All seventeen-year-old Francie Mills wants is to make it to nationals in tennis, because to her, tennis fixes everything. It helps her forget about her alcoholic father and timid mother, and a life where she feels so small. After a knee injury halts her budding tennis career, Francie finds her home life harder to deal with than ever, that is, until musician Chet Jones gives Francie something she didn’t know she needed, a safe person to talk to, one who understands what she’s going through.
In a story about finding friendship in unexpected people and coping with the affects of alcoholism, Blues Harp Green is a stunning debut novel from award-winning screen-writer Nicole Schubert that’ll linger with you long after you close the book.
I was sucked into Francie Mills’, aka FM on the Radio Dial’s, world from the first page, and it kept me up well into the night. I adored Francie and Chet’s friendship, particularly their emails and video chats and how well they connected. The characters came alive in a way that had me reminiscing about my own young adulthood, and the whole story messed me up in a good way. Schubert writes such likeable characters that you can’t even hate them when you want to. Even one particularly annoying character grew on me in the end.
If you love stories that shine light on dark issues, coming of age stories with a focus on new experiences, friendships, and love, and stories that refuse to let you go long after they’re over, then Blues Harp Green is the novel for you. Both young and young-at-heart will enjoy this story.
I had the pleasure of interviewing Nicole Schubert about Blues Harp Green and her writing life. I had so much fun getting a peek into her mind and how Blues Harp Green came to be. I hope you enjoy! You can get your copy of Blues Harp Green on Amazon.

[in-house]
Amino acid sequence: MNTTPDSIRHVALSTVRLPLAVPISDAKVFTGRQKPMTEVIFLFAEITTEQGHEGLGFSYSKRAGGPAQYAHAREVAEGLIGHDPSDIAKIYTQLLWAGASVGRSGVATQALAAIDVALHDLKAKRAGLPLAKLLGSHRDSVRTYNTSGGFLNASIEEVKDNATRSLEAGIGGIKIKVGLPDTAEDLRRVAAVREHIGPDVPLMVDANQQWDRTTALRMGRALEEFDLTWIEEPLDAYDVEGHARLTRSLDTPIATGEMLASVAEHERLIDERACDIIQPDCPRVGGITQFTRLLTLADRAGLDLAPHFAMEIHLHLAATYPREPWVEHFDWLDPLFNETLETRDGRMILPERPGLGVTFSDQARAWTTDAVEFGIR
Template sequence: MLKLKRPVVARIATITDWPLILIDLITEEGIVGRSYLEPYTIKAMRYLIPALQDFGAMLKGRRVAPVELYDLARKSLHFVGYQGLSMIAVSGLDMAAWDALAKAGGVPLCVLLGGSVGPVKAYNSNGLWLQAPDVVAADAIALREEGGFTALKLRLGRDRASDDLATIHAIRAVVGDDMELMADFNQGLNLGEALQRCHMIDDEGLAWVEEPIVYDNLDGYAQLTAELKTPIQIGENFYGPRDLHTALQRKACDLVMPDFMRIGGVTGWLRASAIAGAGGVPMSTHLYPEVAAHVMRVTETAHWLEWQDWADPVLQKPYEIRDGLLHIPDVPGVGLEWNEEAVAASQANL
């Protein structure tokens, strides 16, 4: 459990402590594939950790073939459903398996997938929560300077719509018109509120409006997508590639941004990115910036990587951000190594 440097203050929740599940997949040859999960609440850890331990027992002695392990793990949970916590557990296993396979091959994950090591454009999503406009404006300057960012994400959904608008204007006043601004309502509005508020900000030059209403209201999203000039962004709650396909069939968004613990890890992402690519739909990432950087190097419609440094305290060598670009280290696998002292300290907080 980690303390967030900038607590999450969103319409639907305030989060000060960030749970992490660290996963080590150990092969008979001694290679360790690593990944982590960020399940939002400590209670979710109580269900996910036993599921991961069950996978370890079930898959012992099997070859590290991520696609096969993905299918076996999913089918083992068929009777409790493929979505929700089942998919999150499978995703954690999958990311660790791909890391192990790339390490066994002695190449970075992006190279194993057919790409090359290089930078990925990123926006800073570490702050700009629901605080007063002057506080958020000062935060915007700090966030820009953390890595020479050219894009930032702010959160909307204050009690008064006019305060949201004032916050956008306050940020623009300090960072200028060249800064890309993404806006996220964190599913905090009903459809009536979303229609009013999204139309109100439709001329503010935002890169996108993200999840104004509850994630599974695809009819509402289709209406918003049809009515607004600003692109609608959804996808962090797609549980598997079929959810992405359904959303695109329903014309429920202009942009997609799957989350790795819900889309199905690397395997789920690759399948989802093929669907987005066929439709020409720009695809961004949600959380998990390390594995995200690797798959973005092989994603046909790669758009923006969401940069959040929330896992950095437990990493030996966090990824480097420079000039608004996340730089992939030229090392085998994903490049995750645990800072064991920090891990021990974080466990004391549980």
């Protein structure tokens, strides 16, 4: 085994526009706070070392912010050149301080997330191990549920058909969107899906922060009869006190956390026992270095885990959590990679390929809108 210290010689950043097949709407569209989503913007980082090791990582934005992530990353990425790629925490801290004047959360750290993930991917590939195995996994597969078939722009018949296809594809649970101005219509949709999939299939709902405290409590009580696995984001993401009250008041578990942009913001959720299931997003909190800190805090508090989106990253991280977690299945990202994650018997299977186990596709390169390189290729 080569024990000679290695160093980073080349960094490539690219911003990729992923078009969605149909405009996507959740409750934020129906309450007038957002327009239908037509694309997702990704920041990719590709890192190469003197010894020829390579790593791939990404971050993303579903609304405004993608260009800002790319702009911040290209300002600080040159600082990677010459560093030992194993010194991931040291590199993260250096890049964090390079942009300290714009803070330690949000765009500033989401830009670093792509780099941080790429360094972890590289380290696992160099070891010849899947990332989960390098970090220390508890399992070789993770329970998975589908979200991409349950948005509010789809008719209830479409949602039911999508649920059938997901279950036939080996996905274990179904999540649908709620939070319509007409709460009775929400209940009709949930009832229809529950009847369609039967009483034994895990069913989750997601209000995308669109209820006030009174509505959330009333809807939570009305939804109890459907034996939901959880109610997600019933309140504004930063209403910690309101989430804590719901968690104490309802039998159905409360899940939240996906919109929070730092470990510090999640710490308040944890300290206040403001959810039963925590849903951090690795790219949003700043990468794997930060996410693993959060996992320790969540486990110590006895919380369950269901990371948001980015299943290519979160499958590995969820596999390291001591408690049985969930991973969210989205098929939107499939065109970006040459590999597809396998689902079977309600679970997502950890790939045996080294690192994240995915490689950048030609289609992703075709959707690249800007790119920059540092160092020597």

1. Without spoiling too much, what was your favorite scene to write in Blues Harp Green?
I loved writing the last scene of the book, when Francie discovers a smidgeon of hope and writes about it in her diary (that she hates to write in). It’s bittersweet but personally cathartic as I can relate to Francie’s love and family experiences, so it was like I was finding a glimmer of hope too, which is why it was my favorite. I also loved writing the scene in Austin when Francie meets Chet. It was exciting to discover who Francie and Chet were to each other, the magic spark and why they connected.
2. Describe Francie Mills in three words.
Self-doubting, determined, dreamer.
3. Were there any particular musical inspirations behind Chet Jones and Blues Harp Jones?
Yes! Chet, the band, and their music are a mix of several inspirations. First, I was inspired by this pop band from Sarajevo (Bosnia) called Plavi Orkestar. I met them at a music festival in Sopot, Poland. They had an innocence about them but also the music spoke of love and a deeper emotional connection, a yearning, even though it was simple. They were wildly popular in their country. That combined with brilliant humor and how cute they were, made them easy targets for my imagination and Chet’s songwriting. The way I imagined Chet’s song “Louisa, Hey,” and how it was about a girl he loved, was inspired by Plavi Orkestar’s “Suada,” “Kaja,” and “Bolje Biti Pijan Nego Star.” I also imagined Chet and the band’s music to have a little punk and ska—punk because Chet has a darker, angry side. And ska because it’s playful, has humor and adds depth to the music. Also, the inspiration for the Jones brother’s Uncle Pete, a music agent in the story, is the late Ian Copeland, who was the agent for The Police, Sting and a bunch of punk bands in the 80s (he was also the brother of Stewart Copeland, drummer of The Police), so I imagined that Chet got some punk and ska inspiration from Uncle Pete. Also, I think Chet is obsessed with studying the greats of guitar because he is so passionate about music, so he listens to Robert Johnson, which I got from reading the autobiographies of Keith Richards and Eric Clapton. Lastly, I have a crush on Jack White and his music so that also influenced how I wrote Chet and the band.